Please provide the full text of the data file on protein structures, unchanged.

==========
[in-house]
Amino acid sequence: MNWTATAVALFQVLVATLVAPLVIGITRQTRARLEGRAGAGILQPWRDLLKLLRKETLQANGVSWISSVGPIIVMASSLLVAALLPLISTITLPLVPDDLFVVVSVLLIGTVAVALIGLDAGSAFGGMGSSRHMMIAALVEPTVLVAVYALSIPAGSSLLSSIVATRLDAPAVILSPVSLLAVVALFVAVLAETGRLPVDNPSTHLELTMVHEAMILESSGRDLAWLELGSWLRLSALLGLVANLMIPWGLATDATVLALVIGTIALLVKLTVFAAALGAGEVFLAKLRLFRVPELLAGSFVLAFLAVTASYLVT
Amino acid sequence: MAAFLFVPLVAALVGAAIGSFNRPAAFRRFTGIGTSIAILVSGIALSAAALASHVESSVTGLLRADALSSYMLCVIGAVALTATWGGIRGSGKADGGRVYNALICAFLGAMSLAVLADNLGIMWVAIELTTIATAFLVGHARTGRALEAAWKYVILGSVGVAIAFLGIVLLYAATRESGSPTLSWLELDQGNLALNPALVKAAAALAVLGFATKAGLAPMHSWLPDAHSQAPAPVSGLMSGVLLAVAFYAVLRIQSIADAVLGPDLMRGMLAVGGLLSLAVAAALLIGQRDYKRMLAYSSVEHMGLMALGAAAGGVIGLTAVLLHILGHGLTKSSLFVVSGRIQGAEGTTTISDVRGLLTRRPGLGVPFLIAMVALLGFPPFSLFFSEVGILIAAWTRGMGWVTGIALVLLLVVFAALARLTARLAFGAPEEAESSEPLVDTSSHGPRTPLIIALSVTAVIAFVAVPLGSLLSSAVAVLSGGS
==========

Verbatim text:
[in-house]
Amino acid sequence: MNWTATAVALFQVLVATLVAPLVIGITRQTRARLEGRAGAGILQPWRDLLKLLRKETLQANGVSWISSVGPIIVMASSLLVAALLPLISTITLPLVPDDLFVVVSVLLIGTVAVALIGLDAGSAFGGMGSSRHMMIAALVEPTVLVAVYALSIPAGSSLLSSIVATRLDAPAVILSPVSLLAVVALFVAVLAETGRLPVDNPSTHLELTMVHEAMILESSGRDLAWLELGSWLRLSALLGLVANLMIPWGLATDATVLALVIGTIALLVKLTVFAAALGAGEVFLAKLRLFRVPELLAGSFVLAFLAVTASYLVT
Amino acid sequence: MAAFLFVPLVAALVGAAIGSFNRPAAFRRFTGIGTSIAILVSGIALSAAALASHVESSVTGLLRADALSSYMLCVIGAVALTATWGGIRGSGKADGGRVYNALICAFLGAMSLAVLADNLGIMWVAIELTTIATAFLVGHARTGRALEAAWKYVILGSVGVAIAFLGIVLLYAATRESGSPTLSWLELDQGNLALNPALVKAAAALAVLGFATKAGLAPMHSWLPDAHSQAPAPVSGLMSGVLLAVAFYAVLRIQSIADAVLGPDLMRGMLAVGGLLSLAVAAALLIGQRDYKRMLAYSSVEHMGLMALGAAAGGVIGLTAVLLHILGHGLTKSSLFVVSGRIQGAEGTTTISDVRGLLTRRPGLGVPFLIAMVALLGFPPFSLFFSEVGILIAAWTRGMGWVTGIALVLLLVVFAALARLTARLAFGAPEEAESSEPLVDTSSHGPRTPLIIALSVTAVIAFVAVPLGSLLSSAVAVLSGGS